Di Iorio reset the simulator, placing us at the approach end of Runway 1L at San Francisco. With 58,800kg of fuel, the take-off gross weight was 172,250kg. Ambient temperature was 15° (59°), and V indicated airspeeds were now 138/140/149kt.

Once we were rolling down the runway I pressed the TOGA button on the thrust lever, the autothrottle smartly advancing both engines to a reduced N1 setting of 92.5%. Just after reaching an indicated airspeed of 138kt, Di Iorio failed the left engine.

Sensing the yaw, I put in right rudder to keep the 787 tracking down the runway. Once airborne with the gear retracted I put in rudder trim to neutralise the pedal forces. Levelling at 2,000ft MSL, I disconnected the autothrottle and hand-flew the aircraft to a downwind leg for an approach to Runway 28R. On the downwind leg I centred the rudder trim, allowing the 787's ITACS system to keep the aircraft in co-ordinated flight with the asymmetric thrust condition.

The 777 has TACS, which stands for thrust asymmetry compensation system. TACS is a standalone system that can be disabled by the pilot and uses asymmetric thrust levels to command a rudder input. In my experience flying the 777, I found TACS to be a great aide in engine-out approaches during simulator training and evaluation sessions. While performing post maintenance flights in the actual aircraft, the TACS maintained co-ordinated flight as we shut down and re-lit engines.

ITACS stands for Improved TACS, but it is not a standalone system in the 787, it is resident in the flight-control logic. Airbus commercial fly-by-wire aircraft all have benign engine-out flight characteristics, an inherent feature of their flight-control laws response to asymmetric engine thrust. ITACS raises this characteristic to an even higher level, seamlessly manipulating the rudder to keep co-ordinated flight as asymmetric thrust levels vary.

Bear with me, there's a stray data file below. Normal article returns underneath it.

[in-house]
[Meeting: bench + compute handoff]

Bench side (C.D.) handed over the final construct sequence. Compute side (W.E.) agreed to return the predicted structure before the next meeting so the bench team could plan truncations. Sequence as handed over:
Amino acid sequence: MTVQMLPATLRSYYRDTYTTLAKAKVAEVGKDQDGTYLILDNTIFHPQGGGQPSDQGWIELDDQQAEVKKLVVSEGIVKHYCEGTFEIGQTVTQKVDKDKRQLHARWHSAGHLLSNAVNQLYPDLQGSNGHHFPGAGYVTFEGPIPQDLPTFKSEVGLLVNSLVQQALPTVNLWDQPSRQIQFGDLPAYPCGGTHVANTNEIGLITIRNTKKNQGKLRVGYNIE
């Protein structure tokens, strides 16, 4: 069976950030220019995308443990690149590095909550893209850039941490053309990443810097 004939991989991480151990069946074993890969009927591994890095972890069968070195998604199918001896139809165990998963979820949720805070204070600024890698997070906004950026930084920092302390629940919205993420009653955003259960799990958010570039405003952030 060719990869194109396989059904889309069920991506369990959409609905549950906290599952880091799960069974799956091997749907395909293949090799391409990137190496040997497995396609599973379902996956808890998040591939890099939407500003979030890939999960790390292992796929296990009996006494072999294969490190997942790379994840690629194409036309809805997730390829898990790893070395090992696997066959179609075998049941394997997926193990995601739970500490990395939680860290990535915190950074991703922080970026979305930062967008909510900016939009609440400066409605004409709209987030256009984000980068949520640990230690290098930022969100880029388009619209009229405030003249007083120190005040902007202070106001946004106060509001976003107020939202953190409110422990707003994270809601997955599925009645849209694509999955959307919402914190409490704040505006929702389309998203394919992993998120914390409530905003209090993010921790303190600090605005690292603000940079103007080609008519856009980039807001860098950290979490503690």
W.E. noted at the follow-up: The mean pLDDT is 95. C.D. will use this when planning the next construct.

To better keep the pilot in the loop, the rudder pedals are back-driven to track rudder displacement. As with the 777, the 787's autothrottle can be engaged on the good engine, allowing for automated speed management even during a single-engine approach.

My last approach was an engine-out hand-flown instrument landing system approach to Runway 28R with the autothrottle off. As with my first approach, I used the HUD to fly the manoeuvre. Flaps were selected to 20 for the approach, the same setting used for an engine-out approach in the 777.

As I varied the thrust on final, I could feel the rudder pedals move as the ITACS kept the 787 in trim. With all this help, flying the engine-out approach was easy. Once stopped on the runway centreline, Di Iorio reset the simulator to a gate and turned off the motion.


During my 2h in the 787 simulator I was impressed by a number of things. First, I continue to be amazed by the increasing levels of realism offered by current generation simulators. As with my earlier report on CAE's A330 simulator, I found the electric motion system on the 787 simulator provided the smooth and quiet articulation necessary for realistic simulation. The Rockwell Collins visual display system was outstanding, if not quite as sharp as the Tropos 6000 system I experienced in my earlier A330 flight.

As a window into the 787 flightdeck, it shows that Boeing is comfortable offering incremental improvements to its successful 777 series of aircraft as it sought to make the 787 as common with the 777 as it could.

Perhaps I am old school when it comes to transport aircraft design, but while the debate over sidestick versus control column continues, I am more comfortable with the latter. That Boeing continues to offer back-driven thrust levers and rudder pedals shows it is still committed to keeping the pilot in the loop.

I found the standard HUD to be a wonderful addition to the 787's cockpit, a tool whose utility will only increase over the life of the aircraft. As a type-rated 777 pilot I felt instantly at home in the 787 simulator cockpit. If the 787 flies as well as CAE's simulator portends, Boeing has built yet another pilot's aircraft that will elicit fond memories for years to come.

Source: Flight International